Form a “random” sequence of words and/or letters. Create a phrase or series of letter that is seemingly “random” but is easy to remember. Call this your “base-word.”
- Example: My children are Jessie, Cassey, Michael and Jenny, so my base-word becomes “jecamije”.
- a deliberately misspelled term, e.g. Wdn-G8(Wooden Gate) or HersL00kn@U(Here’s looking at you).
Use a mix of alphabetical and numeric characters.
- Example: Add the ages of the children to the end making it “jecamije22191612”.
Use punctuation and symbols to “complicate” it further.
You can replace a letter with another letter, symbol or combination, but don’t be too obvious about it. Replacing o with 0 or a with @ or i with ! is something that hackers just expect. It is definitely better than nothing, but replacing 0 with () would be stronger as it makes your password longer and is not as obvious. Example: Add random punctuation to create “jecamije_22191612”.
Use a mixture of upper- and lowercase; passwords are case sensitive.
- Example: Take advantage of adding capital letter to create “JeCaMiJe22191612”.
Choose something that is easy to remember.
One way to do this is to pick a phrase you will remember, pick all the first or last letters from each word and then substitute some letters with numbers and symbols. You can then apply capitals to some letters (perhaps the first and last, or second to last, etc.) You could also perhaps keep or add punctuation. Here are some examples:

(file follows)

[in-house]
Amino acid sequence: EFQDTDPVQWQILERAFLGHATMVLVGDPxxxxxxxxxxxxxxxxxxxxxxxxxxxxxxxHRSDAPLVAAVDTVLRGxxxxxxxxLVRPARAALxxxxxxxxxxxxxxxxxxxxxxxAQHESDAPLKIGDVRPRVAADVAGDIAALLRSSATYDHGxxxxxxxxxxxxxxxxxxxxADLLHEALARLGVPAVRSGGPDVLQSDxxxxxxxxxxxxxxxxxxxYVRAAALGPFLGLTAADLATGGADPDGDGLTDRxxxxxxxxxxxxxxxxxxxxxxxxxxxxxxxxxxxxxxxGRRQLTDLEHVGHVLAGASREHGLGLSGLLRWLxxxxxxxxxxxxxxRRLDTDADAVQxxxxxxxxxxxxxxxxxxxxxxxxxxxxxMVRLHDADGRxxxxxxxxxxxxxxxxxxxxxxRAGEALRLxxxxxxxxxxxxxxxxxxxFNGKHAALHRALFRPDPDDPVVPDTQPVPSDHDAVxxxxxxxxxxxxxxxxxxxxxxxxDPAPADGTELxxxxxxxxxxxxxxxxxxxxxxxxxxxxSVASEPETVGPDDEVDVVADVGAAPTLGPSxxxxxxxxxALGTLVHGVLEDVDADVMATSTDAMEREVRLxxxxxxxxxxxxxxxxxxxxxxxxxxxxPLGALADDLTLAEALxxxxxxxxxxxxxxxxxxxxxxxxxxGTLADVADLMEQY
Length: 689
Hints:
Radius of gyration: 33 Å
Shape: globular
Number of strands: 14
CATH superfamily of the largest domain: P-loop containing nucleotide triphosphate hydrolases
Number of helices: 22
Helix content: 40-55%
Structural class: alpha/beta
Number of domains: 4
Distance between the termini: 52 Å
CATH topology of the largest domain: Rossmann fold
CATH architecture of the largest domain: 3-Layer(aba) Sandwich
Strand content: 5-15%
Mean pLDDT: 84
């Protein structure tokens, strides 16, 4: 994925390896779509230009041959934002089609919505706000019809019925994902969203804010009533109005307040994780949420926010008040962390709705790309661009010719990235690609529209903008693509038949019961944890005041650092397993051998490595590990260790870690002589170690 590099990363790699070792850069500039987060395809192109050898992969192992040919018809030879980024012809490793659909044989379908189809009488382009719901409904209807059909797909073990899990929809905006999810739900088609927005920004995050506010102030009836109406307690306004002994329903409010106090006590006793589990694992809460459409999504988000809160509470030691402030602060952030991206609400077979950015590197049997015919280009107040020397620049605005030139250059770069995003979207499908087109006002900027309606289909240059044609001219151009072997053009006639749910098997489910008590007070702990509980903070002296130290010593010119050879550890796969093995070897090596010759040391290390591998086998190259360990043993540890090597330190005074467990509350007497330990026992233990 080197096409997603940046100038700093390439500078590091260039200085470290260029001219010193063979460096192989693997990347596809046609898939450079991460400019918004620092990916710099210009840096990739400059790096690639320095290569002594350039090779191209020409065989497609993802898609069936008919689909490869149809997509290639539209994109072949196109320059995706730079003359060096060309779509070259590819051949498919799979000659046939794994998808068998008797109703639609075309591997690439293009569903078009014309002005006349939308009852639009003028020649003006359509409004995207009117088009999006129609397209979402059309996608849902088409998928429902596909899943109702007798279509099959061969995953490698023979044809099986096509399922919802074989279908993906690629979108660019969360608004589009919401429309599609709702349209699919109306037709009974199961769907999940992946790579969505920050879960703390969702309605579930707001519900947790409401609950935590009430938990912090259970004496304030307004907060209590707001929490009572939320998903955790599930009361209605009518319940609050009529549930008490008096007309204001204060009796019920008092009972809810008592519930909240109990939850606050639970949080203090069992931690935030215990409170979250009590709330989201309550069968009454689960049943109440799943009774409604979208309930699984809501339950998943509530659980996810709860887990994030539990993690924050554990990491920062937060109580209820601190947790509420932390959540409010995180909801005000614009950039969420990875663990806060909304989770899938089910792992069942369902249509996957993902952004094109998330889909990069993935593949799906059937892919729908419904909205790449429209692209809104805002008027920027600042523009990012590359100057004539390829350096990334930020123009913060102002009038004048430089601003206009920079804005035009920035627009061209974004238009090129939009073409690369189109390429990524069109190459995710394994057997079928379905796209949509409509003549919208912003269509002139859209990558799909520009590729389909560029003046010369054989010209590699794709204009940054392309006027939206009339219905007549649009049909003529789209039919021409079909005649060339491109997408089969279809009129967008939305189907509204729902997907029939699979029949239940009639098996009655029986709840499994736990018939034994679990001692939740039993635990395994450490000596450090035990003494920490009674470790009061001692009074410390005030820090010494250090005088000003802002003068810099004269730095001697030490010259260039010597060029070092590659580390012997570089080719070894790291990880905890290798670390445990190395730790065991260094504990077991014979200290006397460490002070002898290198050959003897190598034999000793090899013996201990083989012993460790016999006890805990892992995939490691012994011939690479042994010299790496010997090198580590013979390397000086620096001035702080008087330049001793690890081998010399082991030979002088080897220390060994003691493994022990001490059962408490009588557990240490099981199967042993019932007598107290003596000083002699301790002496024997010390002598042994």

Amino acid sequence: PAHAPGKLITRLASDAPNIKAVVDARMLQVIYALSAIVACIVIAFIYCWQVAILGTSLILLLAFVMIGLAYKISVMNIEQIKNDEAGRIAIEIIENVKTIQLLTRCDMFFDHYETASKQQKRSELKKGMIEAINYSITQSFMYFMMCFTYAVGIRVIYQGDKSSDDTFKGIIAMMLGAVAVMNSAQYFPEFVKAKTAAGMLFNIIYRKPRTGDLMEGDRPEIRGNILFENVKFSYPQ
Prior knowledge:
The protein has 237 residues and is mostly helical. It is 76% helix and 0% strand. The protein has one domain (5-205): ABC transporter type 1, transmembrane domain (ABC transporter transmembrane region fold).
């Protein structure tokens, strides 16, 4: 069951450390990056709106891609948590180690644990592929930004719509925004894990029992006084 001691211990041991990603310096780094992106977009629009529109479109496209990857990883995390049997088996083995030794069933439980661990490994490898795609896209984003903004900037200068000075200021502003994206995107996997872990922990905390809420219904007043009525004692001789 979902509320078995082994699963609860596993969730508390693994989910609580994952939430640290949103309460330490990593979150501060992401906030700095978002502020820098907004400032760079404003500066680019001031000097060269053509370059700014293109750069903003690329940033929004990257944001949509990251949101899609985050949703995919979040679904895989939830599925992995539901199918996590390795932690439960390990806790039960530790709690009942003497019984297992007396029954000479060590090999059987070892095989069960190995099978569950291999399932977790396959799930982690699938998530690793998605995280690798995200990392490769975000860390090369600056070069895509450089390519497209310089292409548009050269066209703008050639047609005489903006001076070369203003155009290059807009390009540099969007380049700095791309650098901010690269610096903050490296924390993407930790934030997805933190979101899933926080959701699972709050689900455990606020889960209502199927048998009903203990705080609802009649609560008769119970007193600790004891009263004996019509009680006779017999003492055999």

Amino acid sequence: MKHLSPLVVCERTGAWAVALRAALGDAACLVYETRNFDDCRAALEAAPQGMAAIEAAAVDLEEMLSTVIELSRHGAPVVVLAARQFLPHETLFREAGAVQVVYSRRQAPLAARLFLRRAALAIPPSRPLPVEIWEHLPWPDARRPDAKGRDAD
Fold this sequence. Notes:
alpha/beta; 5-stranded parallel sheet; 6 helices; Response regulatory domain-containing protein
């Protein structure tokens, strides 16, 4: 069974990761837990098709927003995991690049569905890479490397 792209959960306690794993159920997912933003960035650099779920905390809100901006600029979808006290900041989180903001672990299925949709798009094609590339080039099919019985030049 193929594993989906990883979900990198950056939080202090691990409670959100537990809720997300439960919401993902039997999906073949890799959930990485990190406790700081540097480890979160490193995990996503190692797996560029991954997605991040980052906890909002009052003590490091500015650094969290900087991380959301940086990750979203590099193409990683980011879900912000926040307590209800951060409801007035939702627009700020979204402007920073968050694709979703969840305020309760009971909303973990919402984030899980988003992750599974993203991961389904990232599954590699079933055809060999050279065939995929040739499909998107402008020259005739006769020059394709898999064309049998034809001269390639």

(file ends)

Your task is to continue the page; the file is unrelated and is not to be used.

|So long and thanks for all the fish”||slatfatf||5L@tf@tF|
|“Best Series Ever: Terry Goodkind’s Sword of Truth”||bsetgsot||B53:tg’Sot|
|“You Can’t Have Everything. Where Would You Put It?”||ychewwypi||Uch3Wwup1?|
Generate similar but altered passwords. Use the same or similar base-words to help you remember your passwords easily without making them “too” easy to crack.
- Example: “JeCaMiJe_22191612” can become “mykidsJeCaMiJe-90807060” or “12161922*JeCaMiJe”.
If you are selecting a password for a website, you may want to incorporate the first few letters of the website name into your password so that every password is different and if one gets out, you don’t have to change them all. This approach has good and bad points.
For example, if you have a standard password like B53:tg’Sot (see above) that you like to use most places (this not recommended), you may modify it by placing the first and last letter of the website around it: